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Signs of elitism

Since The Aspen Times is on a mission to photograph illegitimately produced “no parking” signs in the West End, I would like to bring to the paper’s attention other such signs which make public parking on the city’s public streets anything but public, though illegitimate is not my adjective of choice.

For example, the valet parking sign which usually appears at night on East Hopkins across from the Isis Theatre, precludes any member of the public who cannot afford afford the services of a manservant, parking there, even though that person might be able to pay for a delightful first-run movie.

There are other signs, on South Spring Street for example, which sternly warn the public that only a selected few might park there, the selection having been made how and by whom is not at all clear, and often there are no cars parked there, selected or not.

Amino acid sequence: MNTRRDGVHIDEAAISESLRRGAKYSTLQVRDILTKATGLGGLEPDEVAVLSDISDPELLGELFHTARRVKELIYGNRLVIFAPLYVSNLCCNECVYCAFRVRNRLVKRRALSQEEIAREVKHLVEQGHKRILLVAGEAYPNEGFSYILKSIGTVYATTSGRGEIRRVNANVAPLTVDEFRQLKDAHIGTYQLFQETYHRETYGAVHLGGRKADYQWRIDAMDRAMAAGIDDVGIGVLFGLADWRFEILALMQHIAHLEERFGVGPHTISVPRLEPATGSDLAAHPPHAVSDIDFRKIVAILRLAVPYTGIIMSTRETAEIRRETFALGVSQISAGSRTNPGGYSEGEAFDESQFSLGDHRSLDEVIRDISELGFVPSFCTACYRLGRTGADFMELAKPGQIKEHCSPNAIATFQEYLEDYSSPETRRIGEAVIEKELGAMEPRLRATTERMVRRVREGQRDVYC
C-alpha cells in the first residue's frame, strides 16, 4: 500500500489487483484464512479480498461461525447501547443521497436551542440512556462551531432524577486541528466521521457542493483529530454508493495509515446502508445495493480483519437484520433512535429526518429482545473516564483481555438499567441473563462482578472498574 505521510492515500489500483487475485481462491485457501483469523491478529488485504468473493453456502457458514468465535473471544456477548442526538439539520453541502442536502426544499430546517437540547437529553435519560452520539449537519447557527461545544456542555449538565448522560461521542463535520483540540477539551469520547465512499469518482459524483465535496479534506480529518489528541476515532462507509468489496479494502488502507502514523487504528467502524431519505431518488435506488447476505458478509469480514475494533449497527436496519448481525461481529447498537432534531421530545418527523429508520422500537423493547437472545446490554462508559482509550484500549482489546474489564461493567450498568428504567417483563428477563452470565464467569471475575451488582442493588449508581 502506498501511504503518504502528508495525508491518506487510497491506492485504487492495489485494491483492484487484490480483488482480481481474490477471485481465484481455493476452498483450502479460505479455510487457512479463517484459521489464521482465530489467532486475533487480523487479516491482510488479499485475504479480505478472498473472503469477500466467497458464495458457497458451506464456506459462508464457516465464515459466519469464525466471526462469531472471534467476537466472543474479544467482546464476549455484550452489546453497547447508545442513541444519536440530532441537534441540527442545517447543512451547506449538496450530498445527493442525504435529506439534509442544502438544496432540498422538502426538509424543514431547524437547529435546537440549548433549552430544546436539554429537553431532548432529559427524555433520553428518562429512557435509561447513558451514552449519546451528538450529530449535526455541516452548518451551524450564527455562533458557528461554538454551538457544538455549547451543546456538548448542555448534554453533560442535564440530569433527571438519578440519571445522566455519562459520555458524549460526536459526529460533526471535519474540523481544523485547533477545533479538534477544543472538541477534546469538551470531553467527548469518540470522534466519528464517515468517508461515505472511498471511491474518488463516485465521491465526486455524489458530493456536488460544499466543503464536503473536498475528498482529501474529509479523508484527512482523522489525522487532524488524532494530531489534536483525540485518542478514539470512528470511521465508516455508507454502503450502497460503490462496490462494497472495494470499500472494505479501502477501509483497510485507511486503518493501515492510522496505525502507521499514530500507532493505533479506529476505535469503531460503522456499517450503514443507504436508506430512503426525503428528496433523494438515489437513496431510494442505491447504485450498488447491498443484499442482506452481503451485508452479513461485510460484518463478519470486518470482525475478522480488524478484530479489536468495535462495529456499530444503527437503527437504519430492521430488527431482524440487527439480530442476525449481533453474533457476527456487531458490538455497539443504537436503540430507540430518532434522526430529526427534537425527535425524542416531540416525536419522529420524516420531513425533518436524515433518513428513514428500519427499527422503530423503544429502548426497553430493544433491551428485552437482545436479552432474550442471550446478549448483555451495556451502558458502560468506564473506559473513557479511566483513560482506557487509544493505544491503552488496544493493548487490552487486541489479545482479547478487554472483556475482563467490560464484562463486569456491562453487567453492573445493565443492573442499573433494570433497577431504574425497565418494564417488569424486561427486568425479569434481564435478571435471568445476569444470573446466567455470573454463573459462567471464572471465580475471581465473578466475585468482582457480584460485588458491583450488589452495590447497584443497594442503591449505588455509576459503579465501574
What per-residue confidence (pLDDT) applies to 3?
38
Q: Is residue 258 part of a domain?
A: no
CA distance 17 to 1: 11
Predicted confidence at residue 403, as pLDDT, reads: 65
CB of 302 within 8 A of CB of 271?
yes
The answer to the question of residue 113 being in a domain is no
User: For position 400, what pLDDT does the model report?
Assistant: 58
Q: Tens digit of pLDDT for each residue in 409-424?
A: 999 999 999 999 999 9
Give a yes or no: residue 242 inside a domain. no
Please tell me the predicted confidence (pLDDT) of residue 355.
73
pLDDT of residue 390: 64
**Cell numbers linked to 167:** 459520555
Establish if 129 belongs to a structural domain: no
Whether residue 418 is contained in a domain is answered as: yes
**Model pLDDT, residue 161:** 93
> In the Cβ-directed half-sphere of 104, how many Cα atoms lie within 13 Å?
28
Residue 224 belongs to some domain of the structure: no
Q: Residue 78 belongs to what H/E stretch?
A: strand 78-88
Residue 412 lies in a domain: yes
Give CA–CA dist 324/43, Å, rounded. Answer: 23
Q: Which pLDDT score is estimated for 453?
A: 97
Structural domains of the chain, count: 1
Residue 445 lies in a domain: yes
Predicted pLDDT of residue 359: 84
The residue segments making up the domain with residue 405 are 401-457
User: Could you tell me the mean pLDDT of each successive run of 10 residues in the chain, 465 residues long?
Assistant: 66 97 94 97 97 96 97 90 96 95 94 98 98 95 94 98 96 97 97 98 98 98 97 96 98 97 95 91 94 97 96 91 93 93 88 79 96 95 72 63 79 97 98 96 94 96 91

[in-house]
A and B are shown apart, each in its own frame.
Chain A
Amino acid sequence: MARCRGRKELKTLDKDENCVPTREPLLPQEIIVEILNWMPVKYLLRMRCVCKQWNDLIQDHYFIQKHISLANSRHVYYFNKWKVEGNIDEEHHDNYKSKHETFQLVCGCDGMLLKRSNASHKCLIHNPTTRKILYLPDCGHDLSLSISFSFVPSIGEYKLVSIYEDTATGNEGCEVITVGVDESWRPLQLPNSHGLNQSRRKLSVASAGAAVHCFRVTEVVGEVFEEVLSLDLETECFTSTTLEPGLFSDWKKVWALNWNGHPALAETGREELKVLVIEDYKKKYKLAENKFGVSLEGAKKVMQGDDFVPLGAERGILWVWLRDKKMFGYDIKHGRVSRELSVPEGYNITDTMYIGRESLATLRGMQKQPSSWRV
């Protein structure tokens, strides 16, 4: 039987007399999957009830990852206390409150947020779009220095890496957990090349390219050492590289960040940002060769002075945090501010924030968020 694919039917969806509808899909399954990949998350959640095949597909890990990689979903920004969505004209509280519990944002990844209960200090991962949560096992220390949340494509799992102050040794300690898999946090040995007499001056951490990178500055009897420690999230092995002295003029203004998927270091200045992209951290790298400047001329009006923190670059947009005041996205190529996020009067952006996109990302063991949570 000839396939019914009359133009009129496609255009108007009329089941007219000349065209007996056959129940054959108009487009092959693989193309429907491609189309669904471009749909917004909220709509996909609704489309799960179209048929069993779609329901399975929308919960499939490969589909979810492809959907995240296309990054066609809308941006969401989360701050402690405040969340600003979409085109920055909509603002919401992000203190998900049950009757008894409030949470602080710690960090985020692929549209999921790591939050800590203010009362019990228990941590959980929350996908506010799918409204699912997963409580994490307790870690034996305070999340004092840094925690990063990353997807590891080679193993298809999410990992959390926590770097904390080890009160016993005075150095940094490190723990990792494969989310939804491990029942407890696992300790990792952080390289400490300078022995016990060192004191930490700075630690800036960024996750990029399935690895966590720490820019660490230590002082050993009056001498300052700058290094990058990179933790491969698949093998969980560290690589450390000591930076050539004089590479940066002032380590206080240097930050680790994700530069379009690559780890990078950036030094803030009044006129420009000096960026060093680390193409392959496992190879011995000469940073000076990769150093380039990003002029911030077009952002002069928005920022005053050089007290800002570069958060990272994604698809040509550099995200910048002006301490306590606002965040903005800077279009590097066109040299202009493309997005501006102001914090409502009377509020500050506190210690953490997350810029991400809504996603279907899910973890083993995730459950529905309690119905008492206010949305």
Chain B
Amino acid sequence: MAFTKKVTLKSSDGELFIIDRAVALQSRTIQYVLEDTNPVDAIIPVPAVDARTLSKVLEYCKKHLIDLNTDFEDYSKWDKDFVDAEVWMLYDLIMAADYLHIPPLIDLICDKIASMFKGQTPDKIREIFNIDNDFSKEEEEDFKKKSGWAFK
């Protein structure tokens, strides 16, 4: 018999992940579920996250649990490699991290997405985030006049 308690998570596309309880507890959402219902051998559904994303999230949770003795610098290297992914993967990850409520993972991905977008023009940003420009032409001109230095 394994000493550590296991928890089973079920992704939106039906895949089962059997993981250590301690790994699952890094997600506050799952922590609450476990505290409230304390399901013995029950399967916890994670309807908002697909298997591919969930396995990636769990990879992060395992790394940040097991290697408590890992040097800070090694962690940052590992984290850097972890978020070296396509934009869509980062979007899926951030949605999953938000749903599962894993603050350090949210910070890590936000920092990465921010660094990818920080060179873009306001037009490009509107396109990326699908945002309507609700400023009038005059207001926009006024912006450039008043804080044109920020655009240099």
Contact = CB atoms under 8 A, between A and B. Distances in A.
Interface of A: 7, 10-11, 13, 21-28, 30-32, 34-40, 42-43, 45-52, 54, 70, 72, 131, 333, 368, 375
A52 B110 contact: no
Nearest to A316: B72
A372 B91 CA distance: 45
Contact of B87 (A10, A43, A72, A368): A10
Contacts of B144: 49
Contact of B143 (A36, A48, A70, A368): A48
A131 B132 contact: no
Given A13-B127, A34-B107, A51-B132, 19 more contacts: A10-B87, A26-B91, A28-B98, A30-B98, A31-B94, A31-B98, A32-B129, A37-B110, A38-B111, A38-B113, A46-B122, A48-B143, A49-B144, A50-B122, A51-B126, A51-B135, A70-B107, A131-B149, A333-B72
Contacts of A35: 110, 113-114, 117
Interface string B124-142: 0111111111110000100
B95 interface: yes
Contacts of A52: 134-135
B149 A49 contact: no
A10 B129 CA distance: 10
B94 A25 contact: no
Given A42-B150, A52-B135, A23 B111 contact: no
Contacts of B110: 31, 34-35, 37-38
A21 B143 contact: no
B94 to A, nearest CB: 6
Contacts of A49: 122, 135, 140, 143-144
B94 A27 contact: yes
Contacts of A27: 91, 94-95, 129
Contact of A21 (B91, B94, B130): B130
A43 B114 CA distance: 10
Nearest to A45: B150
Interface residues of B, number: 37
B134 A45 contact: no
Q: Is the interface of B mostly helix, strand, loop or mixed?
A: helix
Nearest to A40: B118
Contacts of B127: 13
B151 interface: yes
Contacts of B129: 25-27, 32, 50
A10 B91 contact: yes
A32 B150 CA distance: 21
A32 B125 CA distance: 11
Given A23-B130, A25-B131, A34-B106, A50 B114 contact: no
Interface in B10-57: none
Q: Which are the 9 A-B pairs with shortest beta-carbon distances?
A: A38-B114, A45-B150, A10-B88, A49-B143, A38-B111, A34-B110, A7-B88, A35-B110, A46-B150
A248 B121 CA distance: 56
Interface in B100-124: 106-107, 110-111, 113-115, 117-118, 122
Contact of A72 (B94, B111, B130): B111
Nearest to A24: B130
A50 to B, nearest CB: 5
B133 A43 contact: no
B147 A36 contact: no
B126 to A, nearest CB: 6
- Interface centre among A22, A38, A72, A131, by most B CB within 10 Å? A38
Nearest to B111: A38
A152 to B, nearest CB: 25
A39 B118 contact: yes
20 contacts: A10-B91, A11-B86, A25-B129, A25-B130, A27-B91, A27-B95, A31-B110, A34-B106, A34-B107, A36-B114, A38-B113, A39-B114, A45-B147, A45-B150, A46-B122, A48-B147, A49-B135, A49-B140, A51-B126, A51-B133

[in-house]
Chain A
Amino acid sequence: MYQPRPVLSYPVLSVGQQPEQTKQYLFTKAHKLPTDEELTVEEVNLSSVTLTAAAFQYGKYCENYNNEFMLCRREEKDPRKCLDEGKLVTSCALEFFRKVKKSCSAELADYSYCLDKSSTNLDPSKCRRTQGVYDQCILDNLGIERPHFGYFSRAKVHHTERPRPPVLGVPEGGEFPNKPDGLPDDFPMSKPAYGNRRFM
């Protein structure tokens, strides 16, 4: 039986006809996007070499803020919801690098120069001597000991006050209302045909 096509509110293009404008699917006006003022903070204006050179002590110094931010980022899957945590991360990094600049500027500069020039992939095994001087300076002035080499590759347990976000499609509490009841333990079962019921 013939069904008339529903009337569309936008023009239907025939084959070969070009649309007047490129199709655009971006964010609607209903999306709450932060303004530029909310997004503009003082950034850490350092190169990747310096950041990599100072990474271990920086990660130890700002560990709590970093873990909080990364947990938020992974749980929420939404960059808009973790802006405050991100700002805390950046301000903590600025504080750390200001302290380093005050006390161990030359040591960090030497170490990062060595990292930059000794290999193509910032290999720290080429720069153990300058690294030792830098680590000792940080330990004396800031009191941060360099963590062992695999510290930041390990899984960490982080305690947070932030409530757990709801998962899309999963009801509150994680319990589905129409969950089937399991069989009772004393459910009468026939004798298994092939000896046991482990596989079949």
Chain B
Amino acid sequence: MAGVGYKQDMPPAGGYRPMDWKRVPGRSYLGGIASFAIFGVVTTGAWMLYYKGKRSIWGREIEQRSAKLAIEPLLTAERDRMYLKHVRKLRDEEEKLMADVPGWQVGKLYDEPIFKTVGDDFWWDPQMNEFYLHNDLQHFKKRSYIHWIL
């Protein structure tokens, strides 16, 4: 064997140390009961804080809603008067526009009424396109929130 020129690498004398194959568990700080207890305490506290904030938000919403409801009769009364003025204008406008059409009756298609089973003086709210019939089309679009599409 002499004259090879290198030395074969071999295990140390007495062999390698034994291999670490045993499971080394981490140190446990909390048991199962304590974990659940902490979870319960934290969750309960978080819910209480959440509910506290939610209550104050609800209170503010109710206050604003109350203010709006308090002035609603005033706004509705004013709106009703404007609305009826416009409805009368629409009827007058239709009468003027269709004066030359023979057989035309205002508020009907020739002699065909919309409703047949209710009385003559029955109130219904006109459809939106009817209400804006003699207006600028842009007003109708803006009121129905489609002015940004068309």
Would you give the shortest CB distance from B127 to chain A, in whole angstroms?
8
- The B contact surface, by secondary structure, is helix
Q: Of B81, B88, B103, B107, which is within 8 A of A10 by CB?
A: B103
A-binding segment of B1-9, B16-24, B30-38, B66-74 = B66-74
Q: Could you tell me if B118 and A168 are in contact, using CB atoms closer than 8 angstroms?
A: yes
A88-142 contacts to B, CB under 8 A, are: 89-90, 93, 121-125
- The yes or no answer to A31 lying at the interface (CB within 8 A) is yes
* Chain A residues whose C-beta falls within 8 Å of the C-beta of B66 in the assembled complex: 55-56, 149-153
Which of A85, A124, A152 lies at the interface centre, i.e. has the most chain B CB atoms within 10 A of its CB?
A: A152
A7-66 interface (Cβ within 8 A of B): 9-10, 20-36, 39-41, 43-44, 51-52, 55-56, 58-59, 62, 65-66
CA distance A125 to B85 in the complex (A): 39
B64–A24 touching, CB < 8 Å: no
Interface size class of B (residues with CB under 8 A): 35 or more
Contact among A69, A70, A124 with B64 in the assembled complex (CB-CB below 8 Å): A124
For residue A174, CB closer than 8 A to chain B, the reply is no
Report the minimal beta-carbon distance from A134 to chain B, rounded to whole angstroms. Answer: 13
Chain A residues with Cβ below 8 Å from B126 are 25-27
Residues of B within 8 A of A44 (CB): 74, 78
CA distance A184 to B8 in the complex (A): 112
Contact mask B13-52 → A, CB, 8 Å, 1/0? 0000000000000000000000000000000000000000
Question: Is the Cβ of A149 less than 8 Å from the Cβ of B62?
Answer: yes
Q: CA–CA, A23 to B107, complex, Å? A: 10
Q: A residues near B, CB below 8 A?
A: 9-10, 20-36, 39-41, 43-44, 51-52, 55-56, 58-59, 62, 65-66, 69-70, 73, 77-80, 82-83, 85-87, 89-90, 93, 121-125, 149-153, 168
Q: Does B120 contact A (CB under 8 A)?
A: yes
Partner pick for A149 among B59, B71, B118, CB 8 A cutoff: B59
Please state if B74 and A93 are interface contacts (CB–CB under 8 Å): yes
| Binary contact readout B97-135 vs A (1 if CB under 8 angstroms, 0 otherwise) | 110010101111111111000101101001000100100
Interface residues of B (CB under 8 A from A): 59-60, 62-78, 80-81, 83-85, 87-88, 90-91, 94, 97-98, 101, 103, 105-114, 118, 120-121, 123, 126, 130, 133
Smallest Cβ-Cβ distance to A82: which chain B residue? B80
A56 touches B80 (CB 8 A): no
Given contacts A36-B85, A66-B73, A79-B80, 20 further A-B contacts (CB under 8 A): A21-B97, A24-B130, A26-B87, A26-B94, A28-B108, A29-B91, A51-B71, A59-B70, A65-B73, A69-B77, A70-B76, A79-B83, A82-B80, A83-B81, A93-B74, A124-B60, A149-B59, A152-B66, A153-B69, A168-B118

Have we lost sight of the meaning of the word public, free and open for the civic good, notwithstanding money, social status or friends in high places, or righteous indignation over gasoline fumes? Instead of “doing” lunch, maybe we should “do” a discussion of civic duties and public rights, from Aristotle to the present and convene it on the mall.

Maggie DeWolf




Aspen


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